Ladder Inspections and Checklists for Ladder Safety

Ladders are one of the most common tools used both at home and professionally. Yet, there are still thousands of ladder accidents every year. Ensure ladder safety through regular inspections and by following approved safety guidelines. There’s more to it than you may know. So, where should you begin?

Ladder Safety Checklist

There are some universal basic points you should go over when you are inspecting your ladder before use. Keep this checklist handy so you don’t forget any of the steps. These points of simple observation could save you from a dangerous fall.

  •   Read the stickers. The manufacturer tag will contain important information like the duty rating, maximum working length, and year of manufacture.
  •   Look at the feet of your ladder. Are they level and on stable ground?
  •   Check for damage on the side rails and all of the steps. Look for rust, corrosion, dents, or debris. Substances like mud or oil could cause a slip.
  •   Fasten everything securely before climbing. Make sure rung locks and spreader bars are in place and engaged.
  •   Use the 4-1 rule for placement. Every 4 ft of height requires one foot of distance from the vertical surface.

If you discover any problems after going through the checklist, do not use the ladder without addressing the issue. For example, wipe off any mud or move the ladder to stabilize the feet. Place as many times as you need to before going up.

Guidelines for Inspecting Ladders

The Occupational Safety and Health Administration (OSHA) sets national workplace safety standards. They recommend inspecting a ladder before each use. At the minimum, a ladder should be inspected before every shift.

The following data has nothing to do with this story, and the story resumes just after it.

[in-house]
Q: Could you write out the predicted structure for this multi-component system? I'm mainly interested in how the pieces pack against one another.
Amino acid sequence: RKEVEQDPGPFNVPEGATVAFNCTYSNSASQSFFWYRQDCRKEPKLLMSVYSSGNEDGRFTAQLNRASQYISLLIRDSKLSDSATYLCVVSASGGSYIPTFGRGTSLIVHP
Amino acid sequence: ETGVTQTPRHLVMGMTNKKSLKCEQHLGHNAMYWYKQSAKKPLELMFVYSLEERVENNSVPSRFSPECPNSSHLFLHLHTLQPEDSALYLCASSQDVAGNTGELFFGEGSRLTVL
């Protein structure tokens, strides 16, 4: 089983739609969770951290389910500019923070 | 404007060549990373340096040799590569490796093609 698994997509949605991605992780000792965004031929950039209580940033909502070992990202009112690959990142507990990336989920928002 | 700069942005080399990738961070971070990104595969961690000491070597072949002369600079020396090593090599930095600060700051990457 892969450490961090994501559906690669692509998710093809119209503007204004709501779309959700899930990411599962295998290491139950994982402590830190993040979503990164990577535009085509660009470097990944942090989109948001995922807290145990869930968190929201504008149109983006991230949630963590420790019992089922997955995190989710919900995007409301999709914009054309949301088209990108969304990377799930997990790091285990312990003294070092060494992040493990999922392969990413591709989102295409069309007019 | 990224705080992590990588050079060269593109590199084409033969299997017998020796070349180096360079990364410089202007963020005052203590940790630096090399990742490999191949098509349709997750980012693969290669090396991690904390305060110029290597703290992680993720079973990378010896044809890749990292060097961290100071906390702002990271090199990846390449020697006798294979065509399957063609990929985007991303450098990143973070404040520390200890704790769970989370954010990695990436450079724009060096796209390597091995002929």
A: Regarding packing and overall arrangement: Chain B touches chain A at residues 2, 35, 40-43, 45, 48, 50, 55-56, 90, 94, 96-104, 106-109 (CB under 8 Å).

You should document every ladder inspection you complete. You can track the health of your ladder, ensure compliance with safety guidelines, and be prepared in the event of an accident. There are device applications and templates available for such documentation.

Defective Ladders

If you find a ladder to be defective, do not use it. Assess the damage and ascertain whether it is repairable. Once you have fixed it to the best of your ability, redo the inspection to make sure it is ready to go.

If repairs are not possible, the ladder is no longer usable. Remove the ladder from the workplace and dispose of it properly. 

Ladder Safety Education

It is vital to keep your team trained on ladder safety so that everybody is using ladders responsibly each time. Give them the tools for success and keep your workplace safe. If everybody knows what the best practice is, they can help keep each other accountable, as well.

Ladder safety is nothing to skimp on, so bring in the experts if you’re new to these standards. Whether you have a ladder for cleaning your gutters or run a team of employees who use ladders on the job, the right training is key. Contact Construction Safety Experts at (919) 463-0669 so we can provide you with comprehensive training and help your team prevent accidents.